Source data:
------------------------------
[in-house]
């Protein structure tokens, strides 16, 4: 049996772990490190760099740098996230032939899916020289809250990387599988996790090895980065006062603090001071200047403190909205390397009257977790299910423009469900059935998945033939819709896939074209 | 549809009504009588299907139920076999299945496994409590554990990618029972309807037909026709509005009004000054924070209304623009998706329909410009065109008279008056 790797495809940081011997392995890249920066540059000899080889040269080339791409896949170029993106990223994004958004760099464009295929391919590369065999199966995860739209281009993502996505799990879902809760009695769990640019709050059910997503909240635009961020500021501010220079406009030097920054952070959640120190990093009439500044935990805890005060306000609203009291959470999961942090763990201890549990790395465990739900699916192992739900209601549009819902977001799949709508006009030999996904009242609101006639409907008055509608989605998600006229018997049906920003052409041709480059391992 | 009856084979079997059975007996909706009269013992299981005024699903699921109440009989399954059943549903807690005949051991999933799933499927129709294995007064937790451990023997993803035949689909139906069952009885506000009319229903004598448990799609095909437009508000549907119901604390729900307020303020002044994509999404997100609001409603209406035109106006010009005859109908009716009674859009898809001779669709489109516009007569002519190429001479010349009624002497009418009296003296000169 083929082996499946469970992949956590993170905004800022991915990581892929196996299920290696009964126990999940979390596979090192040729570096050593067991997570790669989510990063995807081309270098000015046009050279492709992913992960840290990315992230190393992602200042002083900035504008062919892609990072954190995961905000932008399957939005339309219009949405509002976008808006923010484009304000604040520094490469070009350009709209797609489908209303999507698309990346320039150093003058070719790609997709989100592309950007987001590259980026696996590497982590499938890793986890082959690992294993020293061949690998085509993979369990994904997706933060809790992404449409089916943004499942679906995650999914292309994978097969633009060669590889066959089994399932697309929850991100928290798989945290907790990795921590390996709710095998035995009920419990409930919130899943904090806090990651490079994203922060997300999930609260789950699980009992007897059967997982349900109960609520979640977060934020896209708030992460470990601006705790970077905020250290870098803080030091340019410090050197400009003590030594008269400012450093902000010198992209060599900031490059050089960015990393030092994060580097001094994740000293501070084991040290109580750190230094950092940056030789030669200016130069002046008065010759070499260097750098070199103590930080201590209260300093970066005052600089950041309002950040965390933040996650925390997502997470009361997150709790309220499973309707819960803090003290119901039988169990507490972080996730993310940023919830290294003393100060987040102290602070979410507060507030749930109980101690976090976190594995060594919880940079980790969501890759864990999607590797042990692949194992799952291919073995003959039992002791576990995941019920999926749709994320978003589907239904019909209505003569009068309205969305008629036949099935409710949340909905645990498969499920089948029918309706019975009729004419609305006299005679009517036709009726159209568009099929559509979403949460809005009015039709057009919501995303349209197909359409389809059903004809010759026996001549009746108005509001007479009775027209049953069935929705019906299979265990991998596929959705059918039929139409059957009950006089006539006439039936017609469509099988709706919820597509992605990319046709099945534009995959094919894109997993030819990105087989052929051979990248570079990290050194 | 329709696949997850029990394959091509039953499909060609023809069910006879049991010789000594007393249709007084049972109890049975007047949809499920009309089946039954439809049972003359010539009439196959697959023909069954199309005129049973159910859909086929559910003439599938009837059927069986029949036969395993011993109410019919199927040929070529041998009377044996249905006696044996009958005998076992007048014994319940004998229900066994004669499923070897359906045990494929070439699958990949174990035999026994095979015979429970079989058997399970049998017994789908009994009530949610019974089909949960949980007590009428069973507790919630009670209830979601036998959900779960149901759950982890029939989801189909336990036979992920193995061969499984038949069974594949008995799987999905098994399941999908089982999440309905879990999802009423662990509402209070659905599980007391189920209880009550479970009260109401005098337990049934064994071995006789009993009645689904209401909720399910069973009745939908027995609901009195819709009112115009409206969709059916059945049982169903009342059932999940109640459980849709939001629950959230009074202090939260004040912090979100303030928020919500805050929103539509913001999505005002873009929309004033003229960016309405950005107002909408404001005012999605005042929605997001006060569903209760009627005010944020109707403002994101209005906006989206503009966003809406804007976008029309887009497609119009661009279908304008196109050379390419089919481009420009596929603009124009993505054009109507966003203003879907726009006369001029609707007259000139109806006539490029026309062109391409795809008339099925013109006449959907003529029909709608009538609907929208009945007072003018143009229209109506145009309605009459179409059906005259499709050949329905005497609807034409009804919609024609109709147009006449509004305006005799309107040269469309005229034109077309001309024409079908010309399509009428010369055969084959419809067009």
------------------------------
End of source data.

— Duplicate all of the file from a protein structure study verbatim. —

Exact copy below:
[in-house]
């Protein structure tokens, strides 16, 4: 049996772990490190760099740098996230032939899916020289809250990387599988996790090895980065006062603090001071200047403190909205390397009257977790299910423009469900059935998945033939819709896939074209 | 549809009504009588299907139920076999299945496994409590554990990618029972309807037909026709509005009004000054924070209304623009998706329909410009065109008279008056 790797495809940081011997392995890249920066540059000899080889040269080339791409896949170029993106990223994004958004760099464009295929391919590369065999199966995860739209281009993502996505799990879902809760009695769990640019709050059910997503909240635009961020500021501010220079406009030097920054952070959640120190990093009439500044935990805890005060306000609203009291959470999961942090763990201890549990790395465990739900699916192992739900209601549009819902977001799949709508006009030999996904009242609101006639409907008055509608989605998600006229018997049906920003052409041709480059391992 | 009856084979079997059975007996909706009269013992299981005024699903699921109440009989399954059943549903807690005949051991999933799933499927129709294995007064937790451990023997993803035949689909139906069952009885506000009319229903004598448990799609095909437009508000549907119901604390729900307020303020002044994509999404997100609001409603209406035109106006010009005859109908009716009674859009898809001779669709489109516009007569002519190429001479010349009624002497009418009296003296000169 083929082996499946469970992949956590993170905004800022991915990581892929196996299920290696009964126990999940979390596979090192040729570096050593067991997570790669989510990063995807081309270098000015046009050279492709992913992960840290990315992230190393992602200042002083900035504008062919892609990072954190995961905000932008399957939005339309219009949405509002976008808006923010484009304000604040520094490469070009350009709209797609489908209303999507698309990346320039150093003058070719790609997709989100592309950007987001590259980026696996590497982590499938890793986890082959690992294993020293061949690998085509993979369990994904997706933060809790992404449409089916943004499942679906995650999914292309994978097969633009060669590889066959089994399932697309929850991100928290798989945290907790990795921590390996709710095998035995009920419990409930919130899943904090806090990651490079994203922060997300999930609260789950699980009992007897059967997982349900109960609520979640977060934020896209708030992460470990601006705790970077905020250290870098803080030091340019410090050197400009003590030594008269400012450093902000010198992209060599900031490059050089960015990393030092994060580097001094994740000293501070084991040290109580750190230094950092940056030789030669200016130069002046008065010759070499260097750098070199103590930080201590209260300093970066005052600089950041309002950040965390933040996650925390997502997470009361997150709790309220499973309707819960803090003290119901039988169990507490972080996730993310940023919830290294003393100060987040102290602070979410507060507030749930109980101690976090976190594995060594919880940079980790969501890759864990999607590797042990692949194992799952291919073995003959039992002791576990995941019920999926749709994320978003589907239904019909209505003569009068309205969305008629036949099935409710949340909905645990498969499920089948029918309706019975009729004419609305006299005679009517036709009726159209568009099929559509979403949460809005009015039709057009919501995303349209197909359409389809059903004809010759026996001549009746108005509001007479009775027209049953069935929705019906299979265990991998596929959705059918039929139409059957009950006089006539006439039936017609469509099988709706919820597509992605990319046709099945534009995959094919894109997993030819990105087989052929051979990248570079990290050194 | 329709696949997850029990394959091509039953499909060609023809069910006879049991010789000594007393249709007084049972109890049975007047949809499920009309089946039954439809049972003359010539009439196959697959023909069954199309005129049973159910859909086929559910003439599938009837059927069986029949036969395993011993109410019919199927040929070529041998009377044996249905006696044996009958005998076992007048014994319940004998229900066994004669499923070897359906045990494929070439699958990949174990035999026994095979015979429970079989058997399970049998017994789908009994009530949610019974089909949960949980007590009428069973507790919630009670209830979601036998959900779960149901759950982890029939989801189909336990036979992920193995061969499984038949069974594949008995799987999905098994399941999908089982999440309905879990999802009423662990509402209070659905599980007391189920209880009550479970009260109401005098337990049934064994071995006789009993009645689904209401909720399910069973009745939908027995609901009195819709009112115009409206969709059916059945049982169903009342059932999940109640459980849709939001629950959230009074202090939260004040912090979100303030928020919500805050929103539509913001999505005002873009929309004033003229960016309405950005107002909408404001005012999605005042929605997001006060569903209760009627005010944020109707403002994101209005906006989206503009966003809406804007976008029309887009497609119009661009279908304008196109050379390419089919481009420009596929603009124009993505054009109507966003203003879907726009006369001029609707007259000139109806006539490029026309062109391409795809008339099925013109006449959907003529029909709608009538609907929208009945007072003018143009229209109506145009309605009459179409059906005259499709050949329905005497609807034409009804919609024609109709147009006449509004305006005799309107040269469309005229034109077309001309024409079908010309399509009428010369055969084959419809067009």